© The Financial Times Ltd 2015 FT and 'Financial Times' are trademarks of The Financial Times Ltd.
Last updated: November 23, 2012 6:48 pm
An EU summit that was to deliver an agreement on the bloc’s long-term budget collapsed on Friday, aggravating the same north-south divide among member states opened by the festering eurozone debt crisis.
Heads of government from the bloc’s 27 member states converged on Brussels on Thursday for a two-day meeting after more than a year of bargaining over the seven-year budget, which will cover roughly €1tn in spending from 2014 to 2020.
But the talks broke down on Friday afternoon after Herman Van Rompuy, the EU president, concluded that he could not bridge a gap as wide as €30bn between the spending demands of France, Spain and Italy and the relative austerity ordered by the UK, Netherlands, Germany and others.
The bloc’s new member states from central and eastern Europe, led by Poland, had demanded a bigger budget, though they were relegated to the margins as the biggest paymasters confronted each other
“We need some more time to finalise the solution,” Mr Van Rompuy said after the meeting, with aides predicting that leaders could reconvene early next year.
In the meantime, Mr Van Rompuy sought to play down the consequences, saying: “There’s no need to dramatise. These budget negotiations are so complex it generally takes two goes.”
That message contrasted with the warnings issued by EU officials in the days leading up to the summit that a failure would deal another blow both to the bloc’s weak economy by casting doubt on hundreds of billions of euros in public investments, and further undermine its self confidence.
José Manuel Barroso, the European Commission president, said there were “still important differences on a number of issues – especially the overall size of the budget and the fairness of the distribution”.
François Hollande, France’s president, indicated that the budget summit – a source of famously gruelling and bruising EU confrontations in past negotiations – remained civil. “Of course we started far apart. But there were no threats, no ultimatums,” he said. Germany’s Chancellor Angela Merkel said the strong differences of opinion were no cause for alarm. “We should be able to bridge those differences,” she said. “We have a reached a good basis to continue our work.”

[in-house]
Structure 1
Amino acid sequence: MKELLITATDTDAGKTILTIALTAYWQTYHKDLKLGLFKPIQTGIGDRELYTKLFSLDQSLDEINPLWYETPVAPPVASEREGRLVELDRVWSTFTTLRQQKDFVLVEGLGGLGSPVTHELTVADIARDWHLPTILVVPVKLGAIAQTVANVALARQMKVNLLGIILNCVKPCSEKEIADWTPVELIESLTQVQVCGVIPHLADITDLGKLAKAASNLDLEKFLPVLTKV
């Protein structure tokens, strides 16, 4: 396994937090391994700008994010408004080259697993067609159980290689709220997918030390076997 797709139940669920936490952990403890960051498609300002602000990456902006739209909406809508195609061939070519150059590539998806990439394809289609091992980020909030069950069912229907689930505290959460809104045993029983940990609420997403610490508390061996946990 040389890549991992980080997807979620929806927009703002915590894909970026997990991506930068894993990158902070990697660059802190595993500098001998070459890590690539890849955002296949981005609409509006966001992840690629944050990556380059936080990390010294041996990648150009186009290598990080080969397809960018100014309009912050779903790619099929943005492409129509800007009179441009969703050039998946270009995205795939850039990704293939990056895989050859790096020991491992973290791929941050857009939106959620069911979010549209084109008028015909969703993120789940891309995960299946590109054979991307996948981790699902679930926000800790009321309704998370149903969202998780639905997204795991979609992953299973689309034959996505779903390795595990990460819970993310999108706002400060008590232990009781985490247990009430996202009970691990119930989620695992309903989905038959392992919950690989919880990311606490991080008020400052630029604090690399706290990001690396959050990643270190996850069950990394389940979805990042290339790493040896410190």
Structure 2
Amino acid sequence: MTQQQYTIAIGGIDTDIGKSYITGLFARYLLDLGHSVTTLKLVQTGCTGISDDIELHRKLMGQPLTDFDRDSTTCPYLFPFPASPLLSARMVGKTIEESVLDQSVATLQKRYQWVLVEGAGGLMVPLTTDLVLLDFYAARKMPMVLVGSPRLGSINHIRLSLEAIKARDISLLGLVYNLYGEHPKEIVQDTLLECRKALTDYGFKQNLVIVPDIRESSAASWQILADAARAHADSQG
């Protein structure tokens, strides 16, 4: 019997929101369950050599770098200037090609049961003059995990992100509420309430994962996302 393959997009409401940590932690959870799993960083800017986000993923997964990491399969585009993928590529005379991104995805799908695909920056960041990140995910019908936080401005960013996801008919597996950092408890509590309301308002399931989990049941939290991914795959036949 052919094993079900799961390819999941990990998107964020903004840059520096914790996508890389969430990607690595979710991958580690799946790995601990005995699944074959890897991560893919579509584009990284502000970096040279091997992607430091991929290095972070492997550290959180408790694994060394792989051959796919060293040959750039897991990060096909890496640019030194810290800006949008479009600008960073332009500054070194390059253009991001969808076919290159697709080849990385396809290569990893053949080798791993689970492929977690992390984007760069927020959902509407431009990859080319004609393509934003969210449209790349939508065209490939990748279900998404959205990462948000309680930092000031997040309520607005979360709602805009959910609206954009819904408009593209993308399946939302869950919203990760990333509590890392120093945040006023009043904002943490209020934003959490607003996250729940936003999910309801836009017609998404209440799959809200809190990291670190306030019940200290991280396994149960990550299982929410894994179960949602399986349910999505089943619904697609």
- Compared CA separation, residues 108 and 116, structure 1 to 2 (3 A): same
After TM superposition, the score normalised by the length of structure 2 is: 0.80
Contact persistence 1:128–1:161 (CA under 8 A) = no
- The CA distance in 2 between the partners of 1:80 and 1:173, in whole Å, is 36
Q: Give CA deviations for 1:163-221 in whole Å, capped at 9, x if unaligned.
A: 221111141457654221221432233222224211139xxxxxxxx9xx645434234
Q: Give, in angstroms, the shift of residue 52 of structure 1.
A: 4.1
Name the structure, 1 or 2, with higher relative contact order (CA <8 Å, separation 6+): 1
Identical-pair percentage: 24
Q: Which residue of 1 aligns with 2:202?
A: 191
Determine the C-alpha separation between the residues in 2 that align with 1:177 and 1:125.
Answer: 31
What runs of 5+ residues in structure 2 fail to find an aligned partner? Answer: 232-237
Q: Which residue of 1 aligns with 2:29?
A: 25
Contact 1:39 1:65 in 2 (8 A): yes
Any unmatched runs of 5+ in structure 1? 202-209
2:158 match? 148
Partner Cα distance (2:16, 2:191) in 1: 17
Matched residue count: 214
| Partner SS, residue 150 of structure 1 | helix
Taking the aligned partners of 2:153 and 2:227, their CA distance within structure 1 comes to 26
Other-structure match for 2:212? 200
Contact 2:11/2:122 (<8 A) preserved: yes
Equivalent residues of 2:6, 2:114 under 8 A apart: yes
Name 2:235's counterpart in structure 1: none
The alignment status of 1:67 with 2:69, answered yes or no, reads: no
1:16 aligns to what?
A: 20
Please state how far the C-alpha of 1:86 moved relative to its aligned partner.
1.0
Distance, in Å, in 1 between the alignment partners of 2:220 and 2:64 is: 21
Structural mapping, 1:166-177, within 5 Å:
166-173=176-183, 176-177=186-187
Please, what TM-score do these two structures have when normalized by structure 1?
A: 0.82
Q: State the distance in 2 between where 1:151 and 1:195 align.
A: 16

Dalia Grybauskaite, Lithuania’s president, attributed the pleasant mood to the unusual polarisation of the parties, saying: “The atmosphere was surprisingly good because the divergence in opinions was so large there was nothing to argue about.”
In the immediate aftermath of the summit, David Cameron, the UK prime minister – who had staked out the most aggressive position in the debate over the last two years – appeared to have escaped the blame for the collapse.
He had been viewed as the biggest obstacle to a deal because of his insistence on a budget freeze consistent with the spending cuts in Britain. Fellow EU leaders acknowledged that he stood to gain more politically among his increasingly eurosceptic voters from blocking a deal than compromising to agree one.
Yet Mr Cameron drew support throughout the meeting from Swedish, Dutch and German allies, according to several diplomats, as the EU’s paymasters banded together to hold down the budget’s ceiling.
Some EU officials believed a bigger factor was the mistrust between Mr Hollande and Ms Merkel. The two have feuded at recent summits over the bloc’s response to the eurozone crisis, with Paris seeking to put the brakes on the austerity championed by Germany while drawing closer to Italy and Spain, two nations on the frontlines of the eurozone crisis.
“They don’t trust each other,” a senior EU official said. “They pay lip-service, they do shadow dancing, but they don’t cross the bridge.”
Copyright The Financial Times Limited 2015. You may share using our article tools.
Please don't cut articles from FT.com and redistribute by email or post to the web.
Sign up for email briefings to stay up to date on topics you are interested in